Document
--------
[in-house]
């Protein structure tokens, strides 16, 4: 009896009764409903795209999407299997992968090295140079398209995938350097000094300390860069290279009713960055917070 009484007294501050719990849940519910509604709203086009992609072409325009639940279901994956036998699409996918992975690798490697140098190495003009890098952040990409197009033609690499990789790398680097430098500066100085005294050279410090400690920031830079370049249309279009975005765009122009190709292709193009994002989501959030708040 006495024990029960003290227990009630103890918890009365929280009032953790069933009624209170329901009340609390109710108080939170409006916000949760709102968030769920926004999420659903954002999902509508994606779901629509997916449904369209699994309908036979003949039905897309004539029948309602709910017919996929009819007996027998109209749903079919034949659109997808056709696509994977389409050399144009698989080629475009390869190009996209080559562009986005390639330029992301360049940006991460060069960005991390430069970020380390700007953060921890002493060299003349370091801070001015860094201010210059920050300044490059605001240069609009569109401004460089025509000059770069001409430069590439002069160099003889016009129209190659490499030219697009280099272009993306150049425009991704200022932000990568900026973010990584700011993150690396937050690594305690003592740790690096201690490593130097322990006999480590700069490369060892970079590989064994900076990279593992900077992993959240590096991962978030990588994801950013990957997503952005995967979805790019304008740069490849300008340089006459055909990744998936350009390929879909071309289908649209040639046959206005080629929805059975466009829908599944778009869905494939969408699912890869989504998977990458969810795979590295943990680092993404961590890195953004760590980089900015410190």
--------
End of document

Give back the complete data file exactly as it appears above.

[in-house]
């Protein structure tokens, strides 16, 4: 009896009764409903795209999407299997992968090295140079398209995938350097000094300390860069290279009713960055917070 009484007294501050719990849940519910509604709203086009992609072409325009639940279901994956036998699409996918992975690798490697140098190495003009890098952040990409197009033609690499990789790398680097430098500066100085005294050279410090400690920031830079370049249309279009975005765009122009190709292709193009994002989501959030708040 006495024990029960003290227990009630103890918890009365929280009032953790069933009624209170329901009340609390109710108080939170409006916000949760709102968030769920926004999420659903954002999902509508994606779901629509997916449904369209699994309908036979003949039905897309004539029948309602709910017919996929009819007996027998109209749903079919034949659109997808056709696509994977389409050399144009698989080629475009390869190009996209080559562009986005390639330029992301360049940006991460060069960005991390430069970020380390700007953060921890002493060299003349370091801070001015860094201010210059920050300044490059605001240069609009569109401004460089025509000059770069001409430069590439002069160099003889016009129209190659490499030219697009280099272009993306150049425009991704200022932000990568900026973010990584700011993150690396937050690594305690003592740790690096201690490593130097322990006999480590700069490369060892970079590989064994900076990279593992900077992993959240590096991962978030990588994801950013990957997503952005995967979805790019304008740069490849300008340089006459055909990744998936350009390929879909071309289908649209040639046959206005080629929805059975466009829908599944778009869905494939969408699912890869989504998977990458969810795979590295943990680092993404961590890195953004760590980089900015410190």